On the other side, the 1st, 2nd, 4th and 5th Circuits extend Vaden's look-through approach to post-award motions. See Quezada v. Bechtel OG & C Construction Service, Inc., 946 F.3d 837, 842 (5th Cir. 2020) (collecting cases). These circuits recognize that despite the absence of the "save for such agreement" language, post-award motions should be subject to the same standard because "[t]he FAA was enacted as a single, comprehensive statutory scheme." Id. Moreover, "if [Section 4] of the FAA does not enlarge federal-court jurisdiction ... how can a federal court's jurisdiction ... differ between [Section 4] and all other remedies under the Act?" Doscher v. Sea Port Group Securities, LLC, 832 F.3d 372, 383 (2d Cir. 2016).
In May, the Supreme Court granted certiorari in Badgerow, a 5th Circuit case that applied the look-through approach to conclude the district court had federal question jurisdiction over a motion to vacate an arbitration award.
In Badgerow, plaintiff signed an employment agreement with a financial advising firm which required her to arbitrate disputes privately. After she was terminated, she initiated an arbitration with the Financial Industry Regulatory Authority, where a panel of arbitrators issued an award dismissing plaintiff's claims. Plaintiff brought a motion to vacate the award in Louisiana state court against certain defendants exposed to only state-law claims. After defendants removed the case to federal court, plaintiff moved to remand for lack of jurisdiction. The district court denied the motion to remand, concluding it had federal question jurisdiction over the dispute.
On appeal, the 5th Circuit applied Vaden's look-through approach, affirming that the district court had federal question jurisdiction because the underlying dispute presented federal claims. It did not matter that plaintiff sought vacatur only as to defendants and state law claims because the underlying dispute in its entirety presented some federal issues.
Badgerow exemplifies a clash between FAA textual arguments and practical concerns. On the one hand, there is plain-meaning logic to the argument that Sections 9 and 10 lack the jurisdictional "save for such agreement" term that Vaden relied on to adopt the look-through approach for motions to compel arbitration. How can a court utilize the look-through approach when the provisions governing post-award motions lack the statutory magic words? And what would it say about statutory construction if the Supreme Court merely adopts a look-through approach without a textual basis? Is Vaden still convincing?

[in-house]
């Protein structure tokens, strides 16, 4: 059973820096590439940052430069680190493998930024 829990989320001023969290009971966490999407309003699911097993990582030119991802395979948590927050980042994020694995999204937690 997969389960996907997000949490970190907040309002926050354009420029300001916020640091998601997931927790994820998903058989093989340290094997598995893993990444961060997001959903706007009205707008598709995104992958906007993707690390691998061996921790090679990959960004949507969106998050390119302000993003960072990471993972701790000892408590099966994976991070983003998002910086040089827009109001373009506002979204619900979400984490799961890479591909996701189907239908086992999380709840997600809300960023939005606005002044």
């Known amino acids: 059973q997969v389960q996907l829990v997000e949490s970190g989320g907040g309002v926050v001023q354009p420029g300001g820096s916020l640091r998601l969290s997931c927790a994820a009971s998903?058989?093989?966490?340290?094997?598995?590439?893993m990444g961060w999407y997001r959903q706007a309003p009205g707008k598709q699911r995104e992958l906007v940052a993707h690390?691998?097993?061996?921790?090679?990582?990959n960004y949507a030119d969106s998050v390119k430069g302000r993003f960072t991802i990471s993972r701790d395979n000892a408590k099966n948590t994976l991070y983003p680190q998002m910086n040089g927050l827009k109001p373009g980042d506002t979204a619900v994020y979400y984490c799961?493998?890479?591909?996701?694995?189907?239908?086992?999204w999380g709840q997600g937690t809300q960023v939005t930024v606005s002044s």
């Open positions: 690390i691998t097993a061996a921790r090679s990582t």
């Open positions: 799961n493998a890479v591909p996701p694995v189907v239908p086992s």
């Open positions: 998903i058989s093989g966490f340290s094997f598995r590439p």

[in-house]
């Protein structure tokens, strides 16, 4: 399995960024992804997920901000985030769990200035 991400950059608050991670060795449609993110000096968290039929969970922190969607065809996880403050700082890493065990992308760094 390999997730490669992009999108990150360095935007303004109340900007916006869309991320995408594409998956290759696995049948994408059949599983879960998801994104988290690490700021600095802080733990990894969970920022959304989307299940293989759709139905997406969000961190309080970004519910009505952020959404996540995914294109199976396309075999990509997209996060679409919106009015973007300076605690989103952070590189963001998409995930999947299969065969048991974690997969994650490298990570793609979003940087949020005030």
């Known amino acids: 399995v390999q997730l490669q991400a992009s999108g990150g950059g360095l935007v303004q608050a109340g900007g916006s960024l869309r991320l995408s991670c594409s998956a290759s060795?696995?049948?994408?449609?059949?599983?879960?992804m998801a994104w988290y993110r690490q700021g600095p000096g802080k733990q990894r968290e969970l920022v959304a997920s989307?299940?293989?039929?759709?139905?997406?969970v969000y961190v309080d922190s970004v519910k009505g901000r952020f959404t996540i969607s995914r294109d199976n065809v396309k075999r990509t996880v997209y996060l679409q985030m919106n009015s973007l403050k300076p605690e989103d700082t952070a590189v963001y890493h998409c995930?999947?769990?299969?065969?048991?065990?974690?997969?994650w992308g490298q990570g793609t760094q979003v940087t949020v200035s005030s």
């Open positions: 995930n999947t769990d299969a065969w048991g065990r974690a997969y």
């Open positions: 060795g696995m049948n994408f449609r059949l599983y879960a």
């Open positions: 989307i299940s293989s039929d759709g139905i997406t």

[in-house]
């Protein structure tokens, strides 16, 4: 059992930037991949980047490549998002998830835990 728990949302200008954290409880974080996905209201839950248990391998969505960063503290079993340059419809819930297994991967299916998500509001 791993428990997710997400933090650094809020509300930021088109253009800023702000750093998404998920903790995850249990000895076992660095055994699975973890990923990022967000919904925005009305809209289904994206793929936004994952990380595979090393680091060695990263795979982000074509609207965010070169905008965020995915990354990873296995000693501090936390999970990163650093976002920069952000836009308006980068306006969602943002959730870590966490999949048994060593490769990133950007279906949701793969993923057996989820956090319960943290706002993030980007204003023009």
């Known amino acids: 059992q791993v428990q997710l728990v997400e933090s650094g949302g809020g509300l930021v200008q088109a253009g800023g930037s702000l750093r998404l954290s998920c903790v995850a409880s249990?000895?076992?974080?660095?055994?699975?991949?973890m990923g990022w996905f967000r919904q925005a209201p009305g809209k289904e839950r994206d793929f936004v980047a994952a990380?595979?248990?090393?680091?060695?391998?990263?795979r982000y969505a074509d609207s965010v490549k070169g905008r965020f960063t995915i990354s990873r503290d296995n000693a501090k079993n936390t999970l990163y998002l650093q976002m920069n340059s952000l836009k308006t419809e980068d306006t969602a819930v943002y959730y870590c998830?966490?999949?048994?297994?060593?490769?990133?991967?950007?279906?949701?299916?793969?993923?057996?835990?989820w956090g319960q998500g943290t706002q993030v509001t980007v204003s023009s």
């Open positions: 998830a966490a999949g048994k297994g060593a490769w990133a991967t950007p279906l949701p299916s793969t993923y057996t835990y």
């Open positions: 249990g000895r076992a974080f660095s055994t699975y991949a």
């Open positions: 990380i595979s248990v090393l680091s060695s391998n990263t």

Yet, it is counterintuitive (perhaps even illogical) to allow a federal court to rule on a motion to compel arbitration, only to refuse to consider a post-award motion in the same dispute, because now, the court lacks jurisdiction. Having a uniform approach to jurisdiction is a strong policy concern.
There is a second uniformity problem as well. Diversity cases are not affected by the Vaden conundrum; thus, refusing to extend Vaden's look-through approach would create a framework where post-award motions can be heard in federal court only where the parties are diverse. In other words, a case based on only state law but involving parties from different states could proceed to federal court, while a case based on federal law with parties from the same state would be forced into state court for any post-arbitration motions. Could that really be an outcome intended by Congress?
There are some countervailing policy concerns with extending the look-through approach. Chief Justice John Roberts raised one during oral argument -- that extending the look-through test for post-award motions would federalize a lot of FAA actions and procedures. And the Vaden court had noted that "state courts have a prominent role to play as enforcers of agreements to arbitrate," so it might be only natural if that role expands.
Though congressional ambiguity appears to be the source of confusion, the jurisdictional morass is also partially of the Supreme Court's own making. The court reiterated in Vaden that the FAA does not confer jurisdiction on courts, but it could have found a jurisdictional hook in the FAA broadly, or concluded that an FAA motion satisfies the well-pleaded complaint rule because resolution of the motion arises under the FAA, a federal statute. But the court instead has adhered to the view the FAA does not confer jurisdiction on its own.
Overall, it seems likely the Supreme Court will find a way to adopt the look-through approach for post-award motions -- if only because uniformity is needed. It may seem too drastic to curtail the power of federal courts to adjudicate post-award disputes, and the court would have to distinguish its ruling in Vaden. But because Vaden relied so heavily on FAA Section 4's language, and that language is distinct from the current FAA provisions at issue, the court may have to engage in some interpretational gymnastics to reach the desired result.
Arbitration Angle is a bi-monthly column presented by Hanson Bridgett's Appellate Group.